The focus on the weekly 30-minute ritual of Prime Minister’s Questions as the be-all-and-end-all of political debate is itself a sign of the times. Although it is often talked about as an historical parliamentary tradition, the modern form of PMQs only dates from 1961. The stage-managed clash of personalities between the prime minister of the day and the leader of the opposition has grown in importance as the scale of political life has shrunk. Politics has become more about making a noise in the media than leading movements in society. And the bunfight at the PMQs corral, which was recorded from the Seventies and televised from the Eighties, has become the one aspect of parliamentary politics guaranteed to make the news. Little wonder that it was Tony Blair, New Labour premier and master of showbiz politics, who changed Prime Minister’s Questions from a twice-weekly 15-minute debate to one 30-minute media-focused blockbuster.
Yet it would be wrong to imagine that loud ‘testosterone-fuelled’ arguments at PMQs are entirely new. In the past, they could often be heated affairs. The difference was that there were real political principles and differences at stake, which meant the debates could generate light as well as heat. Whether in opposition or in government from 1963 to 1976, Labour leader, grammar-school boy and political ‘yob’ Harold Wilson tore into the other side, ridiculing Tory grandee and public-school twit Sir Alec Douglas Home and hammering Home’s successor as Conservative leader, Edward Heath (another grammar-school boy). Grammar-school-girl-turned-Tory-prime-minister Margaret Thatcher hardly fits Bercow’s idea of the delicate female MP, often seeming at her sharpest and shrillest while exchanging fire across the Commons during PMQs.
Nor is there necessarily anything wrong with using barbed insults to drive home a political point with some wit and pith. Back in 1990, the political instability in the Tory government was famously captured when new leader John Major stood up to take his first-ever PMQs, and veteran Labour leftie Dennis Skinner immediately shouted ‘Resign!’. The problem arises when the silly jokes and insults become a substitute for making a political argument rather than a means to that end.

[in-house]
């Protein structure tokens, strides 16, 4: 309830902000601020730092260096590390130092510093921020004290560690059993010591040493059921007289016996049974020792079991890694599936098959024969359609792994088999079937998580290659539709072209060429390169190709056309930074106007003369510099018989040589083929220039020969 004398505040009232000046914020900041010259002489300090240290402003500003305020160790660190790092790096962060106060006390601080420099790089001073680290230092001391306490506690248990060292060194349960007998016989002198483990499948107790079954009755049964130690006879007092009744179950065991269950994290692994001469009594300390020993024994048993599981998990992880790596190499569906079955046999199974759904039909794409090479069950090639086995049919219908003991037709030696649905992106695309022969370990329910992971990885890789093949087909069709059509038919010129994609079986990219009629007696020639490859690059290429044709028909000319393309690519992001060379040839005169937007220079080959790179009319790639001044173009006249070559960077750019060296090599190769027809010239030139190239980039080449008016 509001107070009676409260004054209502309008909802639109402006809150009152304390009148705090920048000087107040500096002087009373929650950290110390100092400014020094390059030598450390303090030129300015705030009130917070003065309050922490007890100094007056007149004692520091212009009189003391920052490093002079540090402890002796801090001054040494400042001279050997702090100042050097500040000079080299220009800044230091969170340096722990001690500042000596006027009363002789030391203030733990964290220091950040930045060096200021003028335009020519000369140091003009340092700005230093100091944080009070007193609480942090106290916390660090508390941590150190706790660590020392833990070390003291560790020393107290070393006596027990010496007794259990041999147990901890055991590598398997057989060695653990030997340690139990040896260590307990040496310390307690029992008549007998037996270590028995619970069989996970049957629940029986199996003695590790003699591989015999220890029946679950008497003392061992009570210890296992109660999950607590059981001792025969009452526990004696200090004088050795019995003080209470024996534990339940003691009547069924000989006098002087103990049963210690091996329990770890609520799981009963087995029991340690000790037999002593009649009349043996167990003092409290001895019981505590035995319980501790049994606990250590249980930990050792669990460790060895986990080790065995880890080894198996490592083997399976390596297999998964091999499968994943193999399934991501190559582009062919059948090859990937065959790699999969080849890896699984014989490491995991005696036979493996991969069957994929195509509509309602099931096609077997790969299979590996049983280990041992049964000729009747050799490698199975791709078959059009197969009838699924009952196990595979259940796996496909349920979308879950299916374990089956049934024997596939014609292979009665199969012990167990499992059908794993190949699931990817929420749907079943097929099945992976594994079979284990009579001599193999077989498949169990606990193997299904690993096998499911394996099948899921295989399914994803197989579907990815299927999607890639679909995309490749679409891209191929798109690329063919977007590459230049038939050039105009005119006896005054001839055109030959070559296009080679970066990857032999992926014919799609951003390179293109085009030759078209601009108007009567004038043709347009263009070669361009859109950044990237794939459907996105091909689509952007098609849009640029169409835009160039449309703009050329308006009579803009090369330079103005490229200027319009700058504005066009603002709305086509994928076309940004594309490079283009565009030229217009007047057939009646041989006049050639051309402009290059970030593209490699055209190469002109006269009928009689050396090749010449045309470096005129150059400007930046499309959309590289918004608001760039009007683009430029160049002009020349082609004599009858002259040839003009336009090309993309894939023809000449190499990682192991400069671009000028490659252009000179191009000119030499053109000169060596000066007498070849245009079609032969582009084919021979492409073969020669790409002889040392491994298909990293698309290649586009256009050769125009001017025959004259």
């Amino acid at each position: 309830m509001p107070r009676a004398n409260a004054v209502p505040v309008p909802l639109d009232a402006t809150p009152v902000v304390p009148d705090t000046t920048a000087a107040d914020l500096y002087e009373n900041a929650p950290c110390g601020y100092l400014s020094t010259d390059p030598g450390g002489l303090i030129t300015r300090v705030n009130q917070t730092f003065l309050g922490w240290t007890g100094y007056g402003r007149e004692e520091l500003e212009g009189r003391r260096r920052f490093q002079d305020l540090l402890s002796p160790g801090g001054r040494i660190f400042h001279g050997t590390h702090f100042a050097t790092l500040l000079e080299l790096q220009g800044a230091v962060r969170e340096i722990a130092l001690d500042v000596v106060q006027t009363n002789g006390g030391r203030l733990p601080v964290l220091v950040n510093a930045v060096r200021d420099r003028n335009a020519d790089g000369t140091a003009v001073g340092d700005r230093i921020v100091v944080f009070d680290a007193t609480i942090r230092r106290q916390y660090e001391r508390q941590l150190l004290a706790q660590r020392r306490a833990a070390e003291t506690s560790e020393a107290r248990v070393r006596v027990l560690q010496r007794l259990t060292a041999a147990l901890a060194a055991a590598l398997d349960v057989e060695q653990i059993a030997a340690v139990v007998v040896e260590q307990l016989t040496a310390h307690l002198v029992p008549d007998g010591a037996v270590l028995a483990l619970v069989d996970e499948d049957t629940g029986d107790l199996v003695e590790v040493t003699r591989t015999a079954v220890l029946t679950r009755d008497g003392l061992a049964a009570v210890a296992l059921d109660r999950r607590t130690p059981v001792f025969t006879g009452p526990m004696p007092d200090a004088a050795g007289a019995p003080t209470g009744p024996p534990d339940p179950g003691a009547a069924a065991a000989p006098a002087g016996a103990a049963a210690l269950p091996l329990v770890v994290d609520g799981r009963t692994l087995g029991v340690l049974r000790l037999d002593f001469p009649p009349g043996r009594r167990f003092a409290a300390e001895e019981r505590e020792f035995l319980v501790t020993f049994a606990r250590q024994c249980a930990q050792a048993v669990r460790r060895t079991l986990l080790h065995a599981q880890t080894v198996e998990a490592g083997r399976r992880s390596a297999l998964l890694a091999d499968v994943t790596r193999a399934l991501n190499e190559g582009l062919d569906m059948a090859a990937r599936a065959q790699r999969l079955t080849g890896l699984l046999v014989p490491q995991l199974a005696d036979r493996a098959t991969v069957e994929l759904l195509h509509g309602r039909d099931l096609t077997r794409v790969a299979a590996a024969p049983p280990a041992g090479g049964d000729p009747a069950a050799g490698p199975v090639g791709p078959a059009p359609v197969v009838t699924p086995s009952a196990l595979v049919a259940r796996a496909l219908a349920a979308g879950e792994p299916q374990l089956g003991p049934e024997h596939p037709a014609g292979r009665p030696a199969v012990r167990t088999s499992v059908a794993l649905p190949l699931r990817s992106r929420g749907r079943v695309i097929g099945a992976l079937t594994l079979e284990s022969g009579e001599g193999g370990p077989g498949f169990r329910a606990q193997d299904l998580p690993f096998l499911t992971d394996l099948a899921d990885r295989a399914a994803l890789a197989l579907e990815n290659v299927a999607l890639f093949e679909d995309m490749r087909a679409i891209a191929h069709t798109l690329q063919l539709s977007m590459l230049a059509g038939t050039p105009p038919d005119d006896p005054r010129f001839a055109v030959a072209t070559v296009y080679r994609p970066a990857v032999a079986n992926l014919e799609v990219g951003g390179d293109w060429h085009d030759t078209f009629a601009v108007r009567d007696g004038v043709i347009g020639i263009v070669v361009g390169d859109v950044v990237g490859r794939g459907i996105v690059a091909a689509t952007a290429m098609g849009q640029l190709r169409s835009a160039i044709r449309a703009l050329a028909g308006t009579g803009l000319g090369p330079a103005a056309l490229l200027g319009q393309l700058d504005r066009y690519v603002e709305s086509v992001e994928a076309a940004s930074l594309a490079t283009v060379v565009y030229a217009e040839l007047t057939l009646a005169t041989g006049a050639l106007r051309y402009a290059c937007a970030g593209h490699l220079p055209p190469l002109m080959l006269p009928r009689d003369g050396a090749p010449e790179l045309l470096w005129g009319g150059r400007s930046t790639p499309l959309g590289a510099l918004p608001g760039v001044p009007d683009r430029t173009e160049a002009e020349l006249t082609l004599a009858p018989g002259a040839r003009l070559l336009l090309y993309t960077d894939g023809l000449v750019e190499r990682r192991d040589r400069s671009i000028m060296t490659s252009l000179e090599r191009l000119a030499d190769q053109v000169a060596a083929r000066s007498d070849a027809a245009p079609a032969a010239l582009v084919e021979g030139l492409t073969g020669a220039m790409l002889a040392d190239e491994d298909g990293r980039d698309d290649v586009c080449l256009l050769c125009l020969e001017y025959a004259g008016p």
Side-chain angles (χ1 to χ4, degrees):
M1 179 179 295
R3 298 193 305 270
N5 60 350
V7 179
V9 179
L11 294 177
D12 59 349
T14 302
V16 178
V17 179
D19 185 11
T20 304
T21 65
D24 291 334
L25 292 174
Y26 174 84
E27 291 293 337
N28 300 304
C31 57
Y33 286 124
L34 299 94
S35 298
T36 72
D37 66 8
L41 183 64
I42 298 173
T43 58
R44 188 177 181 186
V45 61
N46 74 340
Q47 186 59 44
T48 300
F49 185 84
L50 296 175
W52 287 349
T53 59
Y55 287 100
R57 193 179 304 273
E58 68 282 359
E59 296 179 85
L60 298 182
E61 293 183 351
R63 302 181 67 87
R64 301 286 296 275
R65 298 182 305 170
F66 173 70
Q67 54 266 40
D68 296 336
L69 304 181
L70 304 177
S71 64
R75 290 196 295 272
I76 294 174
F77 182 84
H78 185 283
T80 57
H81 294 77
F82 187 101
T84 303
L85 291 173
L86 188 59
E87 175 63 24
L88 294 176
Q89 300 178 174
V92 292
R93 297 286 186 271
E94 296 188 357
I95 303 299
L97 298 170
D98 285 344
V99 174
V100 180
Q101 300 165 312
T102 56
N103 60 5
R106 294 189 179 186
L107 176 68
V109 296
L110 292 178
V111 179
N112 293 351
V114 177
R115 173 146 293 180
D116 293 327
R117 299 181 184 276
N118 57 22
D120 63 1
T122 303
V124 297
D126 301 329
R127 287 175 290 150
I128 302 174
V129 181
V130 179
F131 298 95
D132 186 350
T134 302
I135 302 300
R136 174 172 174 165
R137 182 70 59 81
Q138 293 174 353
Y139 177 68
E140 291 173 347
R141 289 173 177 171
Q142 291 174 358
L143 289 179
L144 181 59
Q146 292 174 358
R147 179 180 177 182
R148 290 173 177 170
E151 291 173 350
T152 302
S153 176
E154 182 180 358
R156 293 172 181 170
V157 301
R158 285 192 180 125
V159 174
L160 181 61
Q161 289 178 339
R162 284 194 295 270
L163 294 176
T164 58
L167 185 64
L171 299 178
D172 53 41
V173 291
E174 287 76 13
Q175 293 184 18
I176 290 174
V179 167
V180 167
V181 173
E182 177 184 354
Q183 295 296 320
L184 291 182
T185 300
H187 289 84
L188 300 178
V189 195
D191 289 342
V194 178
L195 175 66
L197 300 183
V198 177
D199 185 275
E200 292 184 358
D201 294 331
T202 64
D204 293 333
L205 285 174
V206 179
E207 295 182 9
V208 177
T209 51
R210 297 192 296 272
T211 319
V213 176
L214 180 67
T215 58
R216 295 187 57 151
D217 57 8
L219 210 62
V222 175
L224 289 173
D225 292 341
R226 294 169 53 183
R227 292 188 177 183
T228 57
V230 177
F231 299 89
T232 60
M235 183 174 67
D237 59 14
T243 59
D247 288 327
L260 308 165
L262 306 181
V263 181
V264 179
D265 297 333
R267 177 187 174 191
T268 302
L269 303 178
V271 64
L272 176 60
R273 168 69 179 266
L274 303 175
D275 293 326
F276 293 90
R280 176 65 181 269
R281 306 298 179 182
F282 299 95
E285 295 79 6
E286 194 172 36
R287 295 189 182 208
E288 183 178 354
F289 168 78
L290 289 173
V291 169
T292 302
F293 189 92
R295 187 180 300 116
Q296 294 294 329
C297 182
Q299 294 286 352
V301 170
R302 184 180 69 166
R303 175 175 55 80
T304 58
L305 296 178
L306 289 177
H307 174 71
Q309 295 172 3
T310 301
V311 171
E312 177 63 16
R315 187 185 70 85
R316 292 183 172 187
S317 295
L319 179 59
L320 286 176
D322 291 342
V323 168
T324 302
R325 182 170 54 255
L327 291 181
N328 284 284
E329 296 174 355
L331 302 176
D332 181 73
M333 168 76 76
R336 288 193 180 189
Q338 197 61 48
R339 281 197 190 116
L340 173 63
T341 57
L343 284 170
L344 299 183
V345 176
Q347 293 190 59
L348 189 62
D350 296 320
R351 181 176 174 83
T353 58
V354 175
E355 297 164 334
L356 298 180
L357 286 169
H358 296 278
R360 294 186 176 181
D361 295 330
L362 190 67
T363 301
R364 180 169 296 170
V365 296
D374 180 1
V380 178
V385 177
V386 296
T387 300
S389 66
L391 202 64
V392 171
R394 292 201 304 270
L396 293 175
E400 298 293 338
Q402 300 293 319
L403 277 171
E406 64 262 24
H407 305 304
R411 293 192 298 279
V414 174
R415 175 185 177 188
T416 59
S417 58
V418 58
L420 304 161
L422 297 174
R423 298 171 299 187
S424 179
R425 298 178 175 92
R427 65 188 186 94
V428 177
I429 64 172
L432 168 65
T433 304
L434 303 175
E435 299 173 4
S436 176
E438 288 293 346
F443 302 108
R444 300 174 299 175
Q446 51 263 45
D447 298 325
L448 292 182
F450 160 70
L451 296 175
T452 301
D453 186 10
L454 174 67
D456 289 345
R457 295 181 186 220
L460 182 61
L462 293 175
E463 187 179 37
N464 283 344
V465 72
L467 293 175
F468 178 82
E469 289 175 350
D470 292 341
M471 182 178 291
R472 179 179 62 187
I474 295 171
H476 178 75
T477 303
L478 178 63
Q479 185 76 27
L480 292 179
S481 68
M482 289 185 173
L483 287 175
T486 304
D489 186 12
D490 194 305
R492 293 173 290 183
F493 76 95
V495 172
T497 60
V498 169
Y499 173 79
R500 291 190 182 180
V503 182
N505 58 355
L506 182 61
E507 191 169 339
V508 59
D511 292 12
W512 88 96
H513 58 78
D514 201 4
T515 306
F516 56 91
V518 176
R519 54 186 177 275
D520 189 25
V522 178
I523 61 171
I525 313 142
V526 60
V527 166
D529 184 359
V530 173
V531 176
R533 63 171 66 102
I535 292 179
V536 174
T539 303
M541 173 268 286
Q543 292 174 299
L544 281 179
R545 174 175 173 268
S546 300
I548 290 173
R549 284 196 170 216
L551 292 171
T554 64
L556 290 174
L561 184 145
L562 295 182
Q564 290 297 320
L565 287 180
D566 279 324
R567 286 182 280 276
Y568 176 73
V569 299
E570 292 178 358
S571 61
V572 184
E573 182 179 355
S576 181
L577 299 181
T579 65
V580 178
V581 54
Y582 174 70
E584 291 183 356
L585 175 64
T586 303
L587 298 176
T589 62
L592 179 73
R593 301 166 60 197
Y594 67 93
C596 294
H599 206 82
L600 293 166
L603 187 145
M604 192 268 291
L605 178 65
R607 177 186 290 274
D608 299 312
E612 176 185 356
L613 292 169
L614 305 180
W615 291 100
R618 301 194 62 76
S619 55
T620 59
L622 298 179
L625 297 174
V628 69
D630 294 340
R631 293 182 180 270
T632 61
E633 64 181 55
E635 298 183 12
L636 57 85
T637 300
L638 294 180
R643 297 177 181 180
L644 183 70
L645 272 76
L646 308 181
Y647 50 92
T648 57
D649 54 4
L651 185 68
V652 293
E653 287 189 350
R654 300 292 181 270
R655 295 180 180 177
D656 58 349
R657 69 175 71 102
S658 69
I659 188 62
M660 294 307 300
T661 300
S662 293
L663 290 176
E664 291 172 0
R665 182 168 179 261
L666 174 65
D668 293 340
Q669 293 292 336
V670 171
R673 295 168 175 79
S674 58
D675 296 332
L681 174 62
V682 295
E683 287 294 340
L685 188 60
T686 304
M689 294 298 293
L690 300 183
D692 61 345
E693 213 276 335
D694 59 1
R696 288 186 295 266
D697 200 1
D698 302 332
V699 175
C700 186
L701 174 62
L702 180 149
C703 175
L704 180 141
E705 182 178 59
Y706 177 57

No doubt there are plenty of ‘public-school twits’ in parliament today; Cameron is the first Tory prime minister in 50 years to have gone to public school, just as Blair was Labour’s first public-schooled PM in half a century. But the problem is less where the political elite came from than where they sit now, as members of a self-serving technocratic cross-party oligarchy that has no political roots in society and stands for little more than in its own perpetuation. Hooting like overgrown schoolboys for half an hour a week during PMQs is the closest most of them ever get to having a debate.
As for the supposedly ‘feminist’ argument that ‘testosterone-fuelled’ PMQs put women off politics: what could be more demeaning to women MPs than the notion that they are pathetic and delicate flowers incapable of holding their own? Just as the idea of making public arenas more ‘female-friendly’ has been used as the excuse to sanitise football, so it seems Bercow and Co would now like to use it as a pretext further to sanitise parliamentary politics.
There are problems with the empty charade of mainstream politics so profound that it might seem the only possible solution would be to tear the House of Commons down and start again. But none of these problems are going to be addressed by ordering MPs to improve their etiquette and mind their PMQs.